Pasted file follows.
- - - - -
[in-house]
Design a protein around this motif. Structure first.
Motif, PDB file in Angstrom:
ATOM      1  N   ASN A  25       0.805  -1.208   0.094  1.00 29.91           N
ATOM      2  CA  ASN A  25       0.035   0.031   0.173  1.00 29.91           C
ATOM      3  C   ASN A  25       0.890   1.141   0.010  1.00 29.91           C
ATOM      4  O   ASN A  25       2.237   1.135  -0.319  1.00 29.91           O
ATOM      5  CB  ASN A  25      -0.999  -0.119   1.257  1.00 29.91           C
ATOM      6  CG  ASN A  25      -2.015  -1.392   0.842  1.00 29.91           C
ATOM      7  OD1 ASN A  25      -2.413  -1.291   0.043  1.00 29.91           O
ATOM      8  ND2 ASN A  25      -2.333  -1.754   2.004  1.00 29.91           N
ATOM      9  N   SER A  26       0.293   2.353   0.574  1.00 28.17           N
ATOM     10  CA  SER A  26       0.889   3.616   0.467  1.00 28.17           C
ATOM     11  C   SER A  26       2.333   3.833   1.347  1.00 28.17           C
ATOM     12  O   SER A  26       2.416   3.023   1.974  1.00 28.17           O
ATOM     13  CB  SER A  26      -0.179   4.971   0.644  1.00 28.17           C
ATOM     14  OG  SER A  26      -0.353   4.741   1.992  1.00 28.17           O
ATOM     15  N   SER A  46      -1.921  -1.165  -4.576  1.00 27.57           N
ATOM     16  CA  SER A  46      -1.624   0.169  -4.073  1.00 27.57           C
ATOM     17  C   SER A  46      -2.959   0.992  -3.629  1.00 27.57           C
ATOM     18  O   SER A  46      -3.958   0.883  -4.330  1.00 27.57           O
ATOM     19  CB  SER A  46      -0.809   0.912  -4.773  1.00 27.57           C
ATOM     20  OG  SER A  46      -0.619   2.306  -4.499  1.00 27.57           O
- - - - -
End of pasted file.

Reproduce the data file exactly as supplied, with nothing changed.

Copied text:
[in-house]
Design a protein around this motif. Structure first.
Motif, PDB file in Angstrom:
ATOM      1  N   ASN A  25       0.805  -1.208   0.094  1.00 29.91           N
ATOM      2  CA  ASN A  25       0.035   0.031   0.173  1.00 29.91           C
ATOM      3  C   ASN A  25       0.890   1.141   0.010  1.00 29.91           C
ATOM      4  O   ASN A  25       2.237   1.135  -0.319  1.00 29.91           O
ATOM      5  CB  ASN A  25      -0.999  -0.119   1.257  1.00 29.91           C
ATOM      6  CG  ASN A  25      -2.015  -1.392   0.842  1.00 29.91           C
ATOM      7  OD1 ASN A  25      -2.413  -1.291   0.043  1.00 29.91           O
ATOM      8  ND2 ASN A  25      -2.333  -1.754   2.004  1.00 29.91           N
ATOM      9  N   SER A  26       0.293   2.353   0.574  1.00 28.17           N
ATOM     10  CA  SER A  26       0.889   3.616   0.467  1.00 28.17           C
ATOM     11  C   SER A  26       2.333   3.833   1.347  1.00 28.17           C
ATOM     12  O   SER A  26       2.416   3.023   1.974  1.00 28.17           O
ATOM     13  CB  SER A  26      -0.179   4.971   0.644  1.00 28.17           C
ATOM     14  OG  SER A  26      -0.353   4.741   1.992  1.00 28.17           O
ATOM     15  N   SER A  46      -1.921  -1.165  -4.576  1.00 27.57           N
ATOM     16  CA  SER A  46      -1.624   0.169  -4.073  1.00 27.57           C
ATOM     17  C   SER A  46      -2.959   0.992  -3.629  1.00 27.57           C
ATOM     18  O   SER A  46      -3.958   0.883  -4.330  1.00 27.57           O
ATOM     19  CB  SER A  46      -0.809   0.912  -4.773  1.00 27.57           C
ATOM     20  OG  SER A  46      -0.619   2.306  -4.499  1.00 27.57           O